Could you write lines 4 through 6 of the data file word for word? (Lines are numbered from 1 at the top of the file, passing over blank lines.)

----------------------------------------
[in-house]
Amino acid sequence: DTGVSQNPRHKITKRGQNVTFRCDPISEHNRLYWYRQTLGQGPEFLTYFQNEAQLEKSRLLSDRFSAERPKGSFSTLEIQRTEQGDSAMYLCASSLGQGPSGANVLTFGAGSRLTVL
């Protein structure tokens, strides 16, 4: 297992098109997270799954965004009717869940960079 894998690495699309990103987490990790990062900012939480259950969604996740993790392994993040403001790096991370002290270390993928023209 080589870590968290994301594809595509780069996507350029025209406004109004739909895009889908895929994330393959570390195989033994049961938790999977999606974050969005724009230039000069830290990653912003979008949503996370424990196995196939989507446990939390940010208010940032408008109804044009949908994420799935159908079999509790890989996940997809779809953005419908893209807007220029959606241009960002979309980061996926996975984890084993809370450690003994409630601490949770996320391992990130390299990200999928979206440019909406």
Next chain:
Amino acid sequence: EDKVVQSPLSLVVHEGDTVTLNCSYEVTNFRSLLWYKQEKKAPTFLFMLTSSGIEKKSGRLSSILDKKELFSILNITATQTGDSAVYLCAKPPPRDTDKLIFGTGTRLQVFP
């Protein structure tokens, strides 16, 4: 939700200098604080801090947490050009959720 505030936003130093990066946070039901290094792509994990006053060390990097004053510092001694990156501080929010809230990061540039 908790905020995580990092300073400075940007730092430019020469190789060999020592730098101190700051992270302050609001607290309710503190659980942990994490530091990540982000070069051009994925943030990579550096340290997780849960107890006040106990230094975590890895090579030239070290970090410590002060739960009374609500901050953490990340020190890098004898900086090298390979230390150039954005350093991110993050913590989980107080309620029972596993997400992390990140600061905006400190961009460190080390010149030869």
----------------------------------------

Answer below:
Next chain:
Amino acid sequence: EDKVVQSPLSLVVHEGDTVTLNCSYEVTNFRSLLWYKQEKKAPTFLFMLTSSGIEKKSGRLSSILDKKELFSILNITATQTGDSAVYLCAKPPPRDTDKLIFGTGTRLQVFP
């Protein structure tokens, strides 16, 4: 939700200098604080801090947490050009959720 505030936003130093990066946070039901290094792509994990006053060390990097004053510092001694990156501080929010809230990061540039 908790905020995580990092300073400075940007730092430019020469190789060999020592730098101190700051992270302050609001607290309710503190659980942990994490530091990540982000070069051009994925943030990579550096340290997780849960107890006040106990230094975590890895090579030239070290970090410590002060739960009374609500901050953490990340020190890098004898900086090298390979230390150039954005350093991110993050913590989980107080309620029972596993997400992390990140600061905006400190961009460190080390010149030869």